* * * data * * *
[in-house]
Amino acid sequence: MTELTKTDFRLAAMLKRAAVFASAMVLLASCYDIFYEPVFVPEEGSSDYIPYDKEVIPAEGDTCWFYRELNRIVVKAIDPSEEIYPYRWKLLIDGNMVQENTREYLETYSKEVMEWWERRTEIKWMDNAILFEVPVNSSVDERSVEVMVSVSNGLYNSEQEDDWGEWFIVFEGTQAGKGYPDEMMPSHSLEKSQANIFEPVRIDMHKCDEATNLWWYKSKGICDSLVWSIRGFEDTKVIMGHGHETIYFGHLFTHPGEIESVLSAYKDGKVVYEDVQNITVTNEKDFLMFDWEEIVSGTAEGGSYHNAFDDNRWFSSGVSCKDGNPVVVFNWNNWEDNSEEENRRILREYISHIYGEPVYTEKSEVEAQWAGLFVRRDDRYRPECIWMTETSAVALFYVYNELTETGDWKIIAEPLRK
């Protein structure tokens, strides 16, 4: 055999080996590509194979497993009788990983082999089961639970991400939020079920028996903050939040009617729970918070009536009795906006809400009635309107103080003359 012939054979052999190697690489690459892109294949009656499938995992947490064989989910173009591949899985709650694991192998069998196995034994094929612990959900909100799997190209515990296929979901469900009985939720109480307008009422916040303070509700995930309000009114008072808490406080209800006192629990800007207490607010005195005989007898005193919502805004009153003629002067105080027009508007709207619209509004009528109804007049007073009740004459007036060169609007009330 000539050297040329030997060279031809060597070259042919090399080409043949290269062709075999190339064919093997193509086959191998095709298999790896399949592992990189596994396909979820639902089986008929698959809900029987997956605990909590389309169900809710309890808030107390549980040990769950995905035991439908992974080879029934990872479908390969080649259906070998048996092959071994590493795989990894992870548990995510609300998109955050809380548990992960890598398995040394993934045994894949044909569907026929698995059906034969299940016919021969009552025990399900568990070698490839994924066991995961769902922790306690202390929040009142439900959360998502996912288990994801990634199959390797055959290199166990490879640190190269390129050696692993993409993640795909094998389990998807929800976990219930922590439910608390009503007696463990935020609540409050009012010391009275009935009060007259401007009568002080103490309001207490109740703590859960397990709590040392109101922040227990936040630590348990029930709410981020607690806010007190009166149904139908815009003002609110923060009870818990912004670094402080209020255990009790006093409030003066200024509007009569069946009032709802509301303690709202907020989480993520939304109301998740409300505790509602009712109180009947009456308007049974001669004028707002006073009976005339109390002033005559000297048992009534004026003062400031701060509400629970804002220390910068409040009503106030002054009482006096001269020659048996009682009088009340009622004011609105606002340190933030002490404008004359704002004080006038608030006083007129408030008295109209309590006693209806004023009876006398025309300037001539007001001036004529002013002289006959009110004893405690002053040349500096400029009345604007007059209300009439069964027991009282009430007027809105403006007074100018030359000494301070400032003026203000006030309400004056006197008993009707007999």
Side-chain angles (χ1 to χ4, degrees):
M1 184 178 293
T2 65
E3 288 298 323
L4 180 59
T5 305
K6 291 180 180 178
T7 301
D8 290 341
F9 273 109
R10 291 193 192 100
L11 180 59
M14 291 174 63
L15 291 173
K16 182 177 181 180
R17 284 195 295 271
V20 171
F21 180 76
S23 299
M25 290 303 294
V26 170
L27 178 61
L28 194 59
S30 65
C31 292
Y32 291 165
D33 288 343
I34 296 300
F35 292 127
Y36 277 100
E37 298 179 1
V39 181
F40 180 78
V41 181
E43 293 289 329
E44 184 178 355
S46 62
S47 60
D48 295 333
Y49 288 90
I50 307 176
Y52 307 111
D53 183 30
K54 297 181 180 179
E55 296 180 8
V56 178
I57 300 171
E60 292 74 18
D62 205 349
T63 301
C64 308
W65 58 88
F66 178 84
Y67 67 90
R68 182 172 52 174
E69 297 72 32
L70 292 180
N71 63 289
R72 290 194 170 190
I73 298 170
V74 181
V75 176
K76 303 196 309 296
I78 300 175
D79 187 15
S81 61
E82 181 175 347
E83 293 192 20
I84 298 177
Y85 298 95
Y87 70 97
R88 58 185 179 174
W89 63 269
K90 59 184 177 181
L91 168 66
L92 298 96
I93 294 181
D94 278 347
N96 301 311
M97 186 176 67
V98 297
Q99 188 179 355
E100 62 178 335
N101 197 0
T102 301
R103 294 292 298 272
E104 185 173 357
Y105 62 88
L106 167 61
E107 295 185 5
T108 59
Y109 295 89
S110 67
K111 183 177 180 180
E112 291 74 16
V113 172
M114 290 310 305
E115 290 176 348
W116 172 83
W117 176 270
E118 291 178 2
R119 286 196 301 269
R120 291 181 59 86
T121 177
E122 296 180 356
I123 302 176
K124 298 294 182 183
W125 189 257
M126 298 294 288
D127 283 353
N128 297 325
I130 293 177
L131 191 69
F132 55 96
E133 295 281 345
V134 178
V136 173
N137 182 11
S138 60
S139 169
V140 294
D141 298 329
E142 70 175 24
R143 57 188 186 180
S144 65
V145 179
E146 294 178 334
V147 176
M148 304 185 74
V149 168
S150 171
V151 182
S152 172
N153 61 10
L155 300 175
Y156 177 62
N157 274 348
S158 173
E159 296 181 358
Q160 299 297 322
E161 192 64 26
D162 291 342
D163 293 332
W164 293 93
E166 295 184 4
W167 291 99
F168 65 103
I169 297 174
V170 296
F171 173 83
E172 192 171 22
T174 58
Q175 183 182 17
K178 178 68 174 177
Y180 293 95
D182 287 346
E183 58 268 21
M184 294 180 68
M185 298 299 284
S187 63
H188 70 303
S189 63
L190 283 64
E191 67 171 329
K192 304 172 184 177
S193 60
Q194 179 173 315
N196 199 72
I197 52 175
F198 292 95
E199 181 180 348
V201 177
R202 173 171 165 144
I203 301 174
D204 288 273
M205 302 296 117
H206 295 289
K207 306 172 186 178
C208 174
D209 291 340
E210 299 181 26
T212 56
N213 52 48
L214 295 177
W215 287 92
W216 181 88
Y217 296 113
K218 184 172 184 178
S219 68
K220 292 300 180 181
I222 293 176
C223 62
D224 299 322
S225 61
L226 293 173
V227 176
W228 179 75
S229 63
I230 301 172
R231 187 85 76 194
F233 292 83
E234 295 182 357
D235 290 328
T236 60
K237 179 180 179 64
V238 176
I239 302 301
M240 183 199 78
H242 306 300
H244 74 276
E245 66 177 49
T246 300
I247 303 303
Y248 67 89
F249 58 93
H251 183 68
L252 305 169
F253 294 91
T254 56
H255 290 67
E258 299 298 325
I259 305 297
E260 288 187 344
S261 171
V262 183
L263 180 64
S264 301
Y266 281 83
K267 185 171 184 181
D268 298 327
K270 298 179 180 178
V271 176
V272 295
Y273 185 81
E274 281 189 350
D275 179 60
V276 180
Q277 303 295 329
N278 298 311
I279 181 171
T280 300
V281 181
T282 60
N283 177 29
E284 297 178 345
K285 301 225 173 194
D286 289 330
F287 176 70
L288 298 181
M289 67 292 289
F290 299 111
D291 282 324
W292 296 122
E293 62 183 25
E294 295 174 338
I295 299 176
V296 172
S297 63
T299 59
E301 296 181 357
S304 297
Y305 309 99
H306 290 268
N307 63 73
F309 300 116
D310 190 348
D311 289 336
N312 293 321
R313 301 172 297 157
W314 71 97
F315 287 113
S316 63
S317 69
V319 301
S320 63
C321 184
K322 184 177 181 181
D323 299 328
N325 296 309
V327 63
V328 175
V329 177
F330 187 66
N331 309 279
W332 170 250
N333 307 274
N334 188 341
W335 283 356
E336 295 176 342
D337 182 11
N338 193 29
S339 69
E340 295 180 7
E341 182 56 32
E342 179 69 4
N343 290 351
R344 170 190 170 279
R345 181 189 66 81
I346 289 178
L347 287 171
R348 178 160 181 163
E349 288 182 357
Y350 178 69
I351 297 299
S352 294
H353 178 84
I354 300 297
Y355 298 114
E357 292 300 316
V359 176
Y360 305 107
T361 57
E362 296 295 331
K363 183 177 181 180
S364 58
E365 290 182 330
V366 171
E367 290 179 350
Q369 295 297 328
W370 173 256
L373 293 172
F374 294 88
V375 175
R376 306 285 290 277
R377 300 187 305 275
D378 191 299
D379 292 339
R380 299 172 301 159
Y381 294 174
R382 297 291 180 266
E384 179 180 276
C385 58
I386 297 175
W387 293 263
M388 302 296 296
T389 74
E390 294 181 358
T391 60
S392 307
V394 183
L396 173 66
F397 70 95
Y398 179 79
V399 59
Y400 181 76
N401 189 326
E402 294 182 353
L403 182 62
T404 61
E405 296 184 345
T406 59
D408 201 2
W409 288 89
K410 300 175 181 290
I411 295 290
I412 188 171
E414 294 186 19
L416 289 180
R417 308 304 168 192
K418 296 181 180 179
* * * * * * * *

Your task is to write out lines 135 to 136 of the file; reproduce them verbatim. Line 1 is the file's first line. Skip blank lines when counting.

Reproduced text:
V151 182
S152 172